East Asia: The Modern Transformation by John K. Fairbank, Edwin O. Reischauer, Albert M. Craig

East Asia: The Modern Transformation

John K. Fairbank, Edwin O. Reischauer, Albert M. Craig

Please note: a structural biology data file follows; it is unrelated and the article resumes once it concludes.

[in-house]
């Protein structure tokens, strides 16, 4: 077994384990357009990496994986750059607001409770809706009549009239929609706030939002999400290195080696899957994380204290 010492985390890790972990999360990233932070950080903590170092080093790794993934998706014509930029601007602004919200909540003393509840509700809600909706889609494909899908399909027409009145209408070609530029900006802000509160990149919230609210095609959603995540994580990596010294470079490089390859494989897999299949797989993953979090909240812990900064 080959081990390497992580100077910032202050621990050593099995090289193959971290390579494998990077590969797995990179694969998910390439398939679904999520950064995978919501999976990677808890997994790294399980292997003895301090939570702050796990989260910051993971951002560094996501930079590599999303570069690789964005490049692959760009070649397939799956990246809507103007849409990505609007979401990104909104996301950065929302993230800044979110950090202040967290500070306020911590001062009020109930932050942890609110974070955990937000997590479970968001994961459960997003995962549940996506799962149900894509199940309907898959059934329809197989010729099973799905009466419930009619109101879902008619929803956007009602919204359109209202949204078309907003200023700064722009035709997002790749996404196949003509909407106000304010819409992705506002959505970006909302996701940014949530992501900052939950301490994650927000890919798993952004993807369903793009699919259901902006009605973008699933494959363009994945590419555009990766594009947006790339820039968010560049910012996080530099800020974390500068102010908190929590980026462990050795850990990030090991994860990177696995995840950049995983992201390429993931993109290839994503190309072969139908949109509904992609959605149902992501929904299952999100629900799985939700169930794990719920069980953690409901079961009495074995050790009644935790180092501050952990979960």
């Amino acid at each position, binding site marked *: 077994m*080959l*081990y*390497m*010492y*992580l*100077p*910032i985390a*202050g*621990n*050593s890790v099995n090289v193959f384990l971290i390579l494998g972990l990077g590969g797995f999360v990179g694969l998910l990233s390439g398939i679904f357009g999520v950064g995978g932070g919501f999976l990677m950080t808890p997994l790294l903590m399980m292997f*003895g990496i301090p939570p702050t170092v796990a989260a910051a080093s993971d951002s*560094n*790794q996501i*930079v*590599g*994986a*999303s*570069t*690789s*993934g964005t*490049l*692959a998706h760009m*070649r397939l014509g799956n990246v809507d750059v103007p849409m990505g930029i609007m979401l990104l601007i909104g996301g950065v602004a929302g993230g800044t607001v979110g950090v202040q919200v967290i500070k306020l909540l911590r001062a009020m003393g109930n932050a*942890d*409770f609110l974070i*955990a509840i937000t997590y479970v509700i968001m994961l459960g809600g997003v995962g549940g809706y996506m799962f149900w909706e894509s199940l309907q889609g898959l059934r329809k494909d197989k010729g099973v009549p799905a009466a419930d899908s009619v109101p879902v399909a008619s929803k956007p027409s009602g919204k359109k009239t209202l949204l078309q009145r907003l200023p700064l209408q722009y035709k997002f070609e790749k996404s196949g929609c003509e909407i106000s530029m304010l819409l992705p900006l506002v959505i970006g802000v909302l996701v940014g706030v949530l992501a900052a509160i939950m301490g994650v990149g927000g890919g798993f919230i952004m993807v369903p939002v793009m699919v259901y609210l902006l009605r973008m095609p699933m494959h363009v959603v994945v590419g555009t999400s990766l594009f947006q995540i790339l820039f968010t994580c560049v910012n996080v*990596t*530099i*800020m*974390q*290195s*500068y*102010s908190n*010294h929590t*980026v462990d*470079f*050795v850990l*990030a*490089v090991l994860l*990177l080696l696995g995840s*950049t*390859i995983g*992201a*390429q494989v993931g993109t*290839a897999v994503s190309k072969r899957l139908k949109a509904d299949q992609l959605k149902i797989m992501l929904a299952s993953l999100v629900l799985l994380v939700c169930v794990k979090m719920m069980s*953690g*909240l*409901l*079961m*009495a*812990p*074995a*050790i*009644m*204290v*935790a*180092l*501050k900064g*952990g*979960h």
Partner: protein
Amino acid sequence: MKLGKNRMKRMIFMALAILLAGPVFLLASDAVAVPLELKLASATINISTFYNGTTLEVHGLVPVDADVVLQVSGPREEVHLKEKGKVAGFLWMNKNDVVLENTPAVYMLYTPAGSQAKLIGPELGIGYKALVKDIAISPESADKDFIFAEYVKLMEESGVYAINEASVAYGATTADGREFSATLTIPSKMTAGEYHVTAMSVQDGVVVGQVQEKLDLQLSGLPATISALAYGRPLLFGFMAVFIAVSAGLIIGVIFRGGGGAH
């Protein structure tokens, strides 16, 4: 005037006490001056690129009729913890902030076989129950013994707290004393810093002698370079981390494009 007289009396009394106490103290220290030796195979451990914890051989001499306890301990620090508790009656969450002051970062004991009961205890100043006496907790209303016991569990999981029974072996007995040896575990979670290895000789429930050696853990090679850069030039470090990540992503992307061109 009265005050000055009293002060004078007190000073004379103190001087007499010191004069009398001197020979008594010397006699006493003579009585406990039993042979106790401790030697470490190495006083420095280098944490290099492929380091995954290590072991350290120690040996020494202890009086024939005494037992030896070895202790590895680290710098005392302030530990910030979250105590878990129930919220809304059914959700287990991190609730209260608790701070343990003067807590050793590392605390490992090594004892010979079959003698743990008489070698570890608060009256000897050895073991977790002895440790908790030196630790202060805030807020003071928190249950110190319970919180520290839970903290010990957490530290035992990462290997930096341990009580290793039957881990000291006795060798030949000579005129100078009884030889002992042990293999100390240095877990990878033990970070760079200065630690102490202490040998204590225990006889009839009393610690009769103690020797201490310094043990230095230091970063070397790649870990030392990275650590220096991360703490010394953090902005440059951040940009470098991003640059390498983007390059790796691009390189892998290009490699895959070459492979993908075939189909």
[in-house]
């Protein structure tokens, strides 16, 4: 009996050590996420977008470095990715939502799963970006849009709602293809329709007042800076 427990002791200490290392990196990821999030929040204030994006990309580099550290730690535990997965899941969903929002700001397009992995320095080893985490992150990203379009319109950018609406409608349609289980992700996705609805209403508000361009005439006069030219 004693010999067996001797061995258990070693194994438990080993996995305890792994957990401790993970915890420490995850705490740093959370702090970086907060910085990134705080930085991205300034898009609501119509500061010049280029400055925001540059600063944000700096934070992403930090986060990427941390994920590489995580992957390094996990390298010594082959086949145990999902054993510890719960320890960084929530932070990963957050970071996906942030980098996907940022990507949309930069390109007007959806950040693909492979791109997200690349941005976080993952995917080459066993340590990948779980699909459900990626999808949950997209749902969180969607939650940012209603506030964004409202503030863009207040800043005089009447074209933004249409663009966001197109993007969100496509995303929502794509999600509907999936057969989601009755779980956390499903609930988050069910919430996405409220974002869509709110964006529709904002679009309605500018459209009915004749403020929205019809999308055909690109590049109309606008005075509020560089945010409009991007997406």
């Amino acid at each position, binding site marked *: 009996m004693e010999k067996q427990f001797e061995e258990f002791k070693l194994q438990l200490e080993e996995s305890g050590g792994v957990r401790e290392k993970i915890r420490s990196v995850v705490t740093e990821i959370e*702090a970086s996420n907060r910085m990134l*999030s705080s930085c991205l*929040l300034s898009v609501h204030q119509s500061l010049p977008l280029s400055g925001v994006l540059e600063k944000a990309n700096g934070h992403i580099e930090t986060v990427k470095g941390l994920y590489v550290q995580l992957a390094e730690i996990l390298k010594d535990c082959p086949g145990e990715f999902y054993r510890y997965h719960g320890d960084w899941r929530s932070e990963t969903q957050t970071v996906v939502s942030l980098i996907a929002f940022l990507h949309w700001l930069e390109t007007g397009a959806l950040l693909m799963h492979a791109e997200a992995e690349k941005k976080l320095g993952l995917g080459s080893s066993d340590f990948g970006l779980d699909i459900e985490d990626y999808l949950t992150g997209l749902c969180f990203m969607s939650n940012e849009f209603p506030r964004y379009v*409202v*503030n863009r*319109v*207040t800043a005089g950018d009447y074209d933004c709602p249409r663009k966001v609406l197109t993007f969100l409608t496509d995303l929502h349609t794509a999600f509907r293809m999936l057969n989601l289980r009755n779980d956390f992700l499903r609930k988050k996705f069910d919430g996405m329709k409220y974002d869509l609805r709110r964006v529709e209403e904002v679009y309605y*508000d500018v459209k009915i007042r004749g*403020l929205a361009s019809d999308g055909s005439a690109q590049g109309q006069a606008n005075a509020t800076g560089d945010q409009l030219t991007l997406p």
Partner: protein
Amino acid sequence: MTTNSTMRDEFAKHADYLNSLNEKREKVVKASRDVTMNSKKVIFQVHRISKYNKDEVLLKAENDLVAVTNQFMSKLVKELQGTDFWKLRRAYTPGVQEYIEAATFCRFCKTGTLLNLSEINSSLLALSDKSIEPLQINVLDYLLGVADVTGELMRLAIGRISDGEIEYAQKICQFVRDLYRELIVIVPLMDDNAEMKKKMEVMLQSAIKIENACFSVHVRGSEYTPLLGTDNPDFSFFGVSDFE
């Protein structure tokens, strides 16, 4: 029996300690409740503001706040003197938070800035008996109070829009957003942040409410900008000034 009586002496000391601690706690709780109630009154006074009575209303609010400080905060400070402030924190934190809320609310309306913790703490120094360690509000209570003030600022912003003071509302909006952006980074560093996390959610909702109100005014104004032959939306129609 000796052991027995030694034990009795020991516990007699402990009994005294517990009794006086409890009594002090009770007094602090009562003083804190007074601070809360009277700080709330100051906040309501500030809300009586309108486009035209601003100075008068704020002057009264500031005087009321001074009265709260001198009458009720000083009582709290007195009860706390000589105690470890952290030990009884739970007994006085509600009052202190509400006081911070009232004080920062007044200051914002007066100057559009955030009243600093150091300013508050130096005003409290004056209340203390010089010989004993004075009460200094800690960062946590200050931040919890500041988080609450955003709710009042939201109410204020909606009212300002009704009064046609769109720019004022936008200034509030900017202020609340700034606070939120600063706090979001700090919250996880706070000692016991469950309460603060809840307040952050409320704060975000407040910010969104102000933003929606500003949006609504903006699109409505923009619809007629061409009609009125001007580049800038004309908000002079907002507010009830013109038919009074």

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A History of East Asian Civilization, Volumes One and Two:\n\n(1) East Asia: The Great Tradition (1960).\n(2) East Asia: The Modern Transformation (1965).*** \n(3) East Asia: Tradition and Transformation (1978). A condensation, rather then a continuation, of (1) and (2).\n\nThe SECOND volume of the series, East Asia: The Modern Transformation, was designed as a continuation of East Asia: The Great Tradition, but they have a chronological overlap of several centuries: the first volume traces TRADITIONAL China through the Ch'ing dynasty and Japan through the Tokugawa period, while the second volume sees the MODERNIZING phase as beginning with "The Coming of the Europeans" to East Asia as early as the 16th century. This is a good strategy for presentation, but we should be careful not to read "modernizing" as being equivalent to "civilizing." The countries of China, Korea, Japan, and Southeast Asia had as much claim to being civilized as the intruding Westerners. . . Readers interested in this period of cross-fertilization should also check out The Western World and Japan: A Study in the Interaction of European and Asiatic Cultures (1965) by the preeminent Western scholar of Japanese history, George Sansom (book signed as G.B. Sansom; 1883-1965), pp. xvi, 504, xi (index). Although the focus of the work is on Japan, Part One (pp. 1-164) discusses the larger context of "Europe and Asia," especially China.\n\n\nWhile all three books were originally designed with the classroom in mind, I am gradually of the opinion that they are more appropriate for an older class of readers who have had time to develop a taste for history. During the second decade of our lives we tend to be too distracted by SAT scores, term papers, and hormones to see history as much more than the boring memorization of names-and-dates. So when should we start learning about history? Probably during our first decade as children, when we tend to be interested in just about everything.\nThen, with a little luck, our interest may survive the turbulent second decade. . . . \n\nBe all that as it may, East Asia: The Modern Transformation (xvi, 955 pp.-- a full 216 pages more than volume one), is also packed with monochrome illustrations, drawings, maps and charts. The text is divided into 10 chapters, including one each on "East and Southeast Asia in the Age of Imperialism," "Colonialism and Nationalism in the Peripheral Areas," and "East Asia in the New International World." It also includes, as did volume one, a Pronunciation Guide of Chinese [Wade-Giles], Korean and Japanese. This is followed by 8 pages of Bibliography (omitted in East Asia: Tradition and Transformation, probably because of the rapidly expanding number of books and articles in recent decades), and a detailed index (pp. 899-955). \n\nAnother great bargain! Take a look at the used books and collectibles.